The Hudson Valley is known for incredible vistas from Breakneck Ridge in Cold Spring to the Rondout Lighthouse in Kingston. With so much to see, it isn’t easy to choose one location to explore. With a Hudson Valley Scenic Drive, you don’t have to narrow your choices. Here’s some stops to see to help get a taste of the beauty of New York’s Hudson Valley.
Thanks to our guest author, Erin Keane, for writing this post
Located on Route 9, otherwise known as Broadway in New York City, Hyde Park is just north of Poughkeepsie. Once you drive north of the City of Poughkeepsie, keep an eye out for sweeping views of the Hudson River. You’ll pass historic Marist College and The Culinary Institute of America campuses before arriving at your first location, the Vanderbilt Mansion.
The Vanderbilt Mansion Historical Site
New York has many historic homes to tour – the Hudson Valley is no exception. The 54 room Vanderbilt Mansion Historical Site was built in the Beaux-Arts architecture style in 1898 as a weekend and seasonal spot for Vanderbilt family members. It is a beautiful home that overlooks the Hudson River. The grounds include a lovely garden with statuary and fountains. There’s a wide stream that winds its way through the property and a long, shaded path on the Hudson River. Also, the fields are a perfect location for a picnic. And there’s a large area beside the river to watch ships and boats pass by.
Franklin D. Roosevelt National Historic Site
Head south on Route 9 to continue your Hudson Valley scenic drive to your next stop – the home of the 32nd President of the United States of America, Franklin Delano Roosevelt. Springwood is the main house and the birthplace of FDR. Purchased by his father in 1867, the estate is now a National Historic Site. The site includes the main home, FDR’s presidential library and museum (the first ever built) and Top Cottage, where the Roosevelts entertained foreign dignitaries.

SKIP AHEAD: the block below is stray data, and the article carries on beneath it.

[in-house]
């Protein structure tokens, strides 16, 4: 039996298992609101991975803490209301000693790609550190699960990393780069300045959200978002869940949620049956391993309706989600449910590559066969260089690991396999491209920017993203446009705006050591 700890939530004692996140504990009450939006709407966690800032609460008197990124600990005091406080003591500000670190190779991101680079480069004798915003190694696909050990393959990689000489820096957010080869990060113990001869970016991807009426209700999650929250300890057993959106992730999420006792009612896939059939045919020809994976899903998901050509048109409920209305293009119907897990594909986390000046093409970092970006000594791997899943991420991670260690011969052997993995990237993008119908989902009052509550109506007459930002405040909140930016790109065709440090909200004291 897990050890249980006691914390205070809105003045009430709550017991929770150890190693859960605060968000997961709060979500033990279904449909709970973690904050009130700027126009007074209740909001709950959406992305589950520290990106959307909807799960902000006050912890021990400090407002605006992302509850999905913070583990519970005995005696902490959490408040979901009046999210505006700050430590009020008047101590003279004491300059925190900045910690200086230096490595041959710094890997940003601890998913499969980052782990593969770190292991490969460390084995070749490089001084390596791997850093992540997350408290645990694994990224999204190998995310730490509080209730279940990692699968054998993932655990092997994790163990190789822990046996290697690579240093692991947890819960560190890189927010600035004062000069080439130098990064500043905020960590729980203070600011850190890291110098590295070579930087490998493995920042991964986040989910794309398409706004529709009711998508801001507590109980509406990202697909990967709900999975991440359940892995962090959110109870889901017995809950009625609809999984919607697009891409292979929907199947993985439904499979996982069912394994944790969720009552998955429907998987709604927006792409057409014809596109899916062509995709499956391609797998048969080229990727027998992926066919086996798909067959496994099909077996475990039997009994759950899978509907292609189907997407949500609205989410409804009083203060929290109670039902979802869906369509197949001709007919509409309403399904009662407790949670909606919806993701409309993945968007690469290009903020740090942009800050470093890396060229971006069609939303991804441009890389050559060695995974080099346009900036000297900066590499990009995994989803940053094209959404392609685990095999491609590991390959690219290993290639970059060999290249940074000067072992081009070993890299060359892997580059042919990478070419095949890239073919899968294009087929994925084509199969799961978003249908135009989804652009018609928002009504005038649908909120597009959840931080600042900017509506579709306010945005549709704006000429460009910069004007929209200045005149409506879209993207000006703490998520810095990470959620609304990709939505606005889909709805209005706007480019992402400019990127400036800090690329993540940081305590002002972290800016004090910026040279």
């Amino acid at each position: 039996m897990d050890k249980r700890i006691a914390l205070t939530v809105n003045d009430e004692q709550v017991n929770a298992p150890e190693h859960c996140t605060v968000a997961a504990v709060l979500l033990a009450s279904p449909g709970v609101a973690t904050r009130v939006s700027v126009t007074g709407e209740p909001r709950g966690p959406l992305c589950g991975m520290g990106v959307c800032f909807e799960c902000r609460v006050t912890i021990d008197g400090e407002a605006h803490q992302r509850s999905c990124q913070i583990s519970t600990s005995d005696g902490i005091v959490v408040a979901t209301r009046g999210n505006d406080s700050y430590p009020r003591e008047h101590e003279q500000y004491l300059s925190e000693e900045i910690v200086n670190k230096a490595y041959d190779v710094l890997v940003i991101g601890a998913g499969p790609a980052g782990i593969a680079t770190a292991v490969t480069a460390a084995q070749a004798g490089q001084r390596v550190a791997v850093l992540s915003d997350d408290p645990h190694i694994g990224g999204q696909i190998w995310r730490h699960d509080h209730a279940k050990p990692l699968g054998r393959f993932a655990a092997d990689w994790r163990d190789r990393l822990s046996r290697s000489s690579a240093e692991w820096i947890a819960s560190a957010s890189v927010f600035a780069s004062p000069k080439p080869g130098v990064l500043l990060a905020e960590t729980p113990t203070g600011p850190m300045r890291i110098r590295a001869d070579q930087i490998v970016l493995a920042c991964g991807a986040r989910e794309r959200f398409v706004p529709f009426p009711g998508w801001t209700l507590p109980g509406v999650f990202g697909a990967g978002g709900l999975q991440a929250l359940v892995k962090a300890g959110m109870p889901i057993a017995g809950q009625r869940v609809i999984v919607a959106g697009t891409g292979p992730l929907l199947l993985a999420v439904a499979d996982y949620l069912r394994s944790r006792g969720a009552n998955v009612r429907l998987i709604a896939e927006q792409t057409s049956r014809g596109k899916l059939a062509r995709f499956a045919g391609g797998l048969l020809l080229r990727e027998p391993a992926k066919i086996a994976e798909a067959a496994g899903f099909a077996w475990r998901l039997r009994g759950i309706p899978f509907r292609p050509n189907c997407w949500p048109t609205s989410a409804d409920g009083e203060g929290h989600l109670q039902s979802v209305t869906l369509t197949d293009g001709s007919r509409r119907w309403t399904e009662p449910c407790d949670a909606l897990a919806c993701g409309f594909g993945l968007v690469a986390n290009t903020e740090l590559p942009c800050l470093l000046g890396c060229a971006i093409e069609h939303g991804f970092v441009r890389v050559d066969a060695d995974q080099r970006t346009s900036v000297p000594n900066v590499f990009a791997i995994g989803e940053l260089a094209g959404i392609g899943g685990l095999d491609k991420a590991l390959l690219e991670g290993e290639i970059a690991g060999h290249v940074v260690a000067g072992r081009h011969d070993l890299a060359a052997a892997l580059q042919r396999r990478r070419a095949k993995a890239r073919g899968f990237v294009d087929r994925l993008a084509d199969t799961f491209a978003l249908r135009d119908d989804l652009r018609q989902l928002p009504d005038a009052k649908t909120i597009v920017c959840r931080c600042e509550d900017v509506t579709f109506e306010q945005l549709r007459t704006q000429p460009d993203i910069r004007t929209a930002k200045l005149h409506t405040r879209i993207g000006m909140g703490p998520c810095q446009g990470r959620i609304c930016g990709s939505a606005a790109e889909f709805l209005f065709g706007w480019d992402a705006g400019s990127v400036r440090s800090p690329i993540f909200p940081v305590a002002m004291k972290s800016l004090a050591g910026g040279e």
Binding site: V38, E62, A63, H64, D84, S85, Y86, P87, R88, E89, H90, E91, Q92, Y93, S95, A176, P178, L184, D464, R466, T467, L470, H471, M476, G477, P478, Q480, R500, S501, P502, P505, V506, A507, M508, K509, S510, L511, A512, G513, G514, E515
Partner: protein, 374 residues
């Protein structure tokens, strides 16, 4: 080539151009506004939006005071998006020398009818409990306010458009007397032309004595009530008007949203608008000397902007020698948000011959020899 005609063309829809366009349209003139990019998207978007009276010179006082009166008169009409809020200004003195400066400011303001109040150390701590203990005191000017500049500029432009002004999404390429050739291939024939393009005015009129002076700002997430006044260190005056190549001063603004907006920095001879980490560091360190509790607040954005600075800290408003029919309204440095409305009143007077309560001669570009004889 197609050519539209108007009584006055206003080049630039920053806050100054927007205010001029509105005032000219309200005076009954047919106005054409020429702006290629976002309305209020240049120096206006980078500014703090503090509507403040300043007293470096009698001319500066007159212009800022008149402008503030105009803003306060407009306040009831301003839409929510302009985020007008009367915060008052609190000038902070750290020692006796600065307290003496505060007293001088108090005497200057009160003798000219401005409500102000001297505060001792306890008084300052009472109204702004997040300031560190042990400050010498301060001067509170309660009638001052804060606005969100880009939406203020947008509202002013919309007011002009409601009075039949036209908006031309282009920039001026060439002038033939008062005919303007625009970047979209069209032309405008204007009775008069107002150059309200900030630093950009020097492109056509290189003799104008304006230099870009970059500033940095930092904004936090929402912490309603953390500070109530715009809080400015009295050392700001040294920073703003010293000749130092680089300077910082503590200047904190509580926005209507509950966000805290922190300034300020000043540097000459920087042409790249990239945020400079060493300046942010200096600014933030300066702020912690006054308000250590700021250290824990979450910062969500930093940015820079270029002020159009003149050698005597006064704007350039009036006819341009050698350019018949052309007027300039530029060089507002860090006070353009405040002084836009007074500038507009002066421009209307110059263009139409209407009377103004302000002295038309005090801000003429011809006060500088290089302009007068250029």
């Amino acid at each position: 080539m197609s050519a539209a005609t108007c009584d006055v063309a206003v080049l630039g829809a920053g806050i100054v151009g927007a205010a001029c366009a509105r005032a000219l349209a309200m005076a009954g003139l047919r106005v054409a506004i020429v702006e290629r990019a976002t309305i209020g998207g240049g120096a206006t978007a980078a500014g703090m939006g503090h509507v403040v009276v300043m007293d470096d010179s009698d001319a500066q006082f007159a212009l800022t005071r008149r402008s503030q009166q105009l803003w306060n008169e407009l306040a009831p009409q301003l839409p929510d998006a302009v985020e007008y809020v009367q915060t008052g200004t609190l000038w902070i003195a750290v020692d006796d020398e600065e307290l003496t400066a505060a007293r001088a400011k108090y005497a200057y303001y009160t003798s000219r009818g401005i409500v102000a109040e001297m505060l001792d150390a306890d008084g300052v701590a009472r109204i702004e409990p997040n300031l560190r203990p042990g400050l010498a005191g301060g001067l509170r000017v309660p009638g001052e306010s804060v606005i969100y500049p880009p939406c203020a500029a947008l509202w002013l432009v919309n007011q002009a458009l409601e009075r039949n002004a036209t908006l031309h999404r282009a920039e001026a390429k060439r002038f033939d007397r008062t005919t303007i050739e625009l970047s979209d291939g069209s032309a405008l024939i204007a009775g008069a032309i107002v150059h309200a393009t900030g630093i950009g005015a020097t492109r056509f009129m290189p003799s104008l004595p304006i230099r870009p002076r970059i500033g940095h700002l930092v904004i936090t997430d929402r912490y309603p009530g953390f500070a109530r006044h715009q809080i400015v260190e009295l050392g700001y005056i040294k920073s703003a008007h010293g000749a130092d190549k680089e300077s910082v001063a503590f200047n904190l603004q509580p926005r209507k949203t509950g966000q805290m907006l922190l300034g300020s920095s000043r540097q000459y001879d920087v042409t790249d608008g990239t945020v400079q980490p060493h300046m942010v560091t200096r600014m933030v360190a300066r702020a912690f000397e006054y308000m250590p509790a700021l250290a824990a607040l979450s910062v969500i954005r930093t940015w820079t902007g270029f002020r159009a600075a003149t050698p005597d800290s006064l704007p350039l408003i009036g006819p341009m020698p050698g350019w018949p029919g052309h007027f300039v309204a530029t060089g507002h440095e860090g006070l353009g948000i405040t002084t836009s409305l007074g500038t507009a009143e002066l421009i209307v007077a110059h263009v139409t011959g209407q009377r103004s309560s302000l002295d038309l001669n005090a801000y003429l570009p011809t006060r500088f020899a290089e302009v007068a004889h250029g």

The entire site covers 898 acres beside the Hudson River. The estate’s grounds, including the Rose Garden where Franklin and Eleanor Roosevelt are buried, are free.
Eleanor Roosevelt National Historic Site
As FDR’s mother lived at and presided over Springwood, Eleanor found she needed her own place. So FDR gifted her the money to build Val-Kill. A small cottage, it’s where she spent time in a home that she could run as she liked. Now the Eleanor Roosevelt National Historic Site, the home on the Val-Kill property is a more intimate space than Springwood. It is located two miles from Springwood and is accessible by a leafy, rural trail or car.
Continue your Hudson Valley Scenic Drive and heading south on Route 9. A short drive brings you to the Culinary Institute of America.
The Culinary Institute of America
America’s first culinary college,The Culinary Institute of America opened in 1948. Initially based in Connecticut, a new campus opened on the banks of the Hudson in Hyde Park in 1970. Today, the culinary school offers sweeping views of the Hudson River and provides many dining opportunities. Focusing on local products and dishes inspired by the area, the American Bounty Restaurant offers dishes inspired by the area. The Bocuse Restaurant, named after chef Paul Bocuse, serves classic French cuisine. There are also other restaurants on-site including the Ristorante Caterina de’ Medici & Al Forno Trattoria and The Apple Pie Bakery Cafe. Walk the campus after your meal to help digest the delightful fare.
The Village of Wappinger Falls
Make a stop in the Village of Wappinger Falls to see cheerfully painted buildings from the 1800s. As you cross the bridge over the falls, you will see the Grinnell Library built in the Romanesque Revival style in 1902. It’s free and open to the public.
Mesier Homestead and Park
Just past the library is The Mesier Homestead. Founded in 1741, the homestead belonged to Peter Meiser, who owned a store and was a member of the Wappingers Tea Party of 1777. Mesier Park is a shady spot with a beautiful gazebo and park and the perfect place for a picnic. Also you can head down the hill for a varied selection of food choices.
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